Braddock mayor Fetterman marries gay Pittsburgh couple |

Braddock mayor Fetterman marries gay Pittsburgh couple

Aaron Aupperlee
Stephanie Strasburg | Tribune-Review
John Kandray (left), 40, and Bill Gray, 41, both of Regent Square, laugh as they talk to the Tribune-Review about their wedding as they sit outside of Forbes Regional Hospital in Monroeville on Tuesday, August 6, 2013. Theirs was the first same-sex marriage to be performed in Allegheny County, taking place Monday night in Braddock mayor John Fetterman's house in Braddock. Fetterman married the couple, who have been together for 11 years.
Stephanie Strasburg | Tribune-Review
Braddock Mayor John Fetterman in 2013.

They exchanged borrowed rings. Guests sat in salvaged pews arranged under a chandelier of exposed wires and bulbs. Friends and family toasted the couple on a Braddock rooftop with the sprawling U.S. Steel Mon Valley Works as a backdrop. Their cake from Costco had a rainbow emblazoned across it.

John Kandray and Bill Gray of Regent Square became one of the latest gay couples to be married in Pennsylvania in defiance of a state law barring same-sex unions. Braddock Mayor John Fetterman conducted the ceremony in his home.

“On my end, it was a no-brainer,” Fetterman said of the marriage that appears to be Allegheny County’s first. “I fundamentally believe that Gov. Corbett should tear down this law and replace it with marriage equality for all of Pennsylvania.”

Empowered by recent favorable U.S. Supreme Court rulings, the support of Pennsylvania’s attorney general and perceived sea-change among Americans concerning gay equality, demand for marriage licenses among same-sex couples in the state shows no sign of slacking.

“It’s about love and happiness, and I love him and it makes me happy, and that’s my right,” Kandray said on Tuesday. “When you realize there’s a law that’s getting in the way of that or not allowing you to fully recognize that and have the benefits of other people in the exact same situation who just happen to be of opposite sexes, it needs to change, and I want to do everything I can for us to be fully recognized and for other people.”

Kandray, 40, a project manager at Ernst & Young, and Gray, 41, a nurse case manager at Forbes Regional Hospital, discussed marriage last year after dating for a decade. They decided to go to New York, where same-sex marriages are legal. On Thursday, however, they opted to try Montgomery County, where the register of wills has issued same-sex marriage licenses for two weeks, defying the law.

A friend told them Fetterman said he would marry a same-sex couple with proper documentation. Kandray called the mayor on Monday morning and, that evening, about 10 friends and family members witnessed the marriage.

“We feel like a committed couple in front of our family and friends and community, and we’ll get to that point soon when it is legal,” Gray said.

Montgomery County issued 78 licenses to same-sex couples as of Monday, said Frank Custer, a county spokesman. The county issued 16 on Monday, the single highest daily total. Twenty-one of the licenses returned to the county for filing as marriages, Custer said.

The Pennsylvania Department of Health sued the county to stop it from issuing licenses to gay couples. The state must file court briefs by Aug. 12. The county has until Aug. 19 to respond, Custer said.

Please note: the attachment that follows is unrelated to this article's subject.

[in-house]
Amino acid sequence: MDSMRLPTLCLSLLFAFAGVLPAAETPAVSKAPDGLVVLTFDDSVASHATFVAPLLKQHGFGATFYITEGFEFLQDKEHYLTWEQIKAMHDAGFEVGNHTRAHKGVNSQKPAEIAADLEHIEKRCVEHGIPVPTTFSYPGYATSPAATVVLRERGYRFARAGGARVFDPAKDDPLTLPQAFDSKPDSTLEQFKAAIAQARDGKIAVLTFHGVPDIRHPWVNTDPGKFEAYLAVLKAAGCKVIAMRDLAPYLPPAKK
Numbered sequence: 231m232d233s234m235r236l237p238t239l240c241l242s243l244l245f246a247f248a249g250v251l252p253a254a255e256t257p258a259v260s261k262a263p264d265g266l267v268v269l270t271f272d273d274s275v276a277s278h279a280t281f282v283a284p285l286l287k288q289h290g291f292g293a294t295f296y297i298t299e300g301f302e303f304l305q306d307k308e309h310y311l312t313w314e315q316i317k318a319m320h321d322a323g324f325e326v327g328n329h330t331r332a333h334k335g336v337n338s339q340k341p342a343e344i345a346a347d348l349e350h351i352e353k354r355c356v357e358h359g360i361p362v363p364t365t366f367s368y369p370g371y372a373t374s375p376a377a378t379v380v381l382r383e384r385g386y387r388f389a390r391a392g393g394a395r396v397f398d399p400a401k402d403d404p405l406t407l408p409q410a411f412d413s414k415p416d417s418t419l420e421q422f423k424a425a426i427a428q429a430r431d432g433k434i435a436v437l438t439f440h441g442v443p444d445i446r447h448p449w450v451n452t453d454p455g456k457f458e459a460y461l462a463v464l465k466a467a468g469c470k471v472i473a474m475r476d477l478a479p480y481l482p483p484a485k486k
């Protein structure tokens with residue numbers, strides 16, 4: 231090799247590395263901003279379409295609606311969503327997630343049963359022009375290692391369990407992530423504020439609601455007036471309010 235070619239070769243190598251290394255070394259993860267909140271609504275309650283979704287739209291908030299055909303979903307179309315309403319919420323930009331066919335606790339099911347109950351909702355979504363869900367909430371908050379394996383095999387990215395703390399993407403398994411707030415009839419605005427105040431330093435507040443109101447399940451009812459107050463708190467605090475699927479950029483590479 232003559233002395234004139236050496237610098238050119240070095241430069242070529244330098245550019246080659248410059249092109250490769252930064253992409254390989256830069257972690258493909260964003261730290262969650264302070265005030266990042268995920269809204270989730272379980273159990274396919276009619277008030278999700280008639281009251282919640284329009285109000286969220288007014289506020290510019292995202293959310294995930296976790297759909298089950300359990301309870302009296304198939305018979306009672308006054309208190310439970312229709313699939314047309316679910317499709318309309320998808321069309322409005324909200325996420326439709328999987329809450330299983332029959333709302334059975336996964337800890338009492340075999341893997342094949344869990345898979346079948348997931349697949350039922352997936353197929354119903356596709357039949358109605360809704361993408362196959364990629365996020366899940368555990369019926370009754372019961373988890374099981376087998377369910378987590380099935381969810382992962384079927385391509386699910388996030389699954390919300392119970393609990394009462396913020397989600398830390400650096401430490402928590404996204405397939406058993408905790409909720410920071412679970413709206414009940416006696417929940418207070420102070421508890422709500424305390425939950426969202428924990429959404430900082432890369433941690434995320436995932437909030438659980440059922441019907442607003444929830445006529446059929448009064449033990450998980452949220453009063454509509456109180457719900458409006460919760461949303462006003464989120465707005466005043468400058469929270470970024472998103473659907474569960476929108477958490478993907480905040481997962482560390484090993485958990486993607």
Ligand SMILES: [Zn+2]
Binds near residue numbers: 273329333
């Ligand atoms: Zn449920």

“Pennsylvania’s marriage law is clear. Any confusion or misunderstanding is being generated by public officials who refuse to follow the law,” Nils Frederiksen, a spokesman for Gov. Tom Corbett’s Office of General Counsel, wrote in an email to the Tribune-Review. “Individual officials cannot pick and choose which laws to enforce or uphold. Only the courts have the power to declare a law to be unconstitutional.”

Frederiksen would not say whether those marrying the same-sex couples could face legal action.

Fetterman, a Harvard University graduate, is known for his unconventional style. His forearms bear tattoos of Braddock’s ZIP code, 15104, and the dates of homicides that occurred since he took charge in 2005.

“I don’t fundamentally believe that there are a lot of people in conservative quarters that want this law on the books,” said Fetterman, a Democrat.

The 1996 law passed with overwhelming majorities. A Franklin & Marshall College poll in May found that 53 percent of Pennsylvania registered voters would favor a constitutional amendment allowing gay marriage.

Just down Braddock Avenue from Fetterman’s house, Veron Massey, 48, of North Braddock waited in the lobby of Milton’s Top Notch Hair Designs.

“That’s a stupid move to me,” Massey said of Fetterman marrying the couple. “In my opinion, it’s wrong.”

Barber shop owner James Milton agreed. He said Fetterman is known for doing things to draw attention to himself and Braddock.

“If it’s illegal here, then it’s for attention. And I’m sure it went viral,” Milton said of the marriage. “I don’t agree at all with it. I’m a Bible believer.”

Others support the marriage.

Dennis Turocy, an employee at Steel City Pawn Brokers, has gay nephews and said Pennsylvania’s law needs a fresh look. Carrier Jeter, 36, of Homestead recently moved from Braddock. She told her 17-year-old son, who is gay, about the marriage.

“I think it’s great,” Jeter said. “It kind of lets him know that there are other people out there like that.”

Aaron Aupperlee is a Trib Total Media staff writer. Reach him at 412-320-7986 or [email protected].

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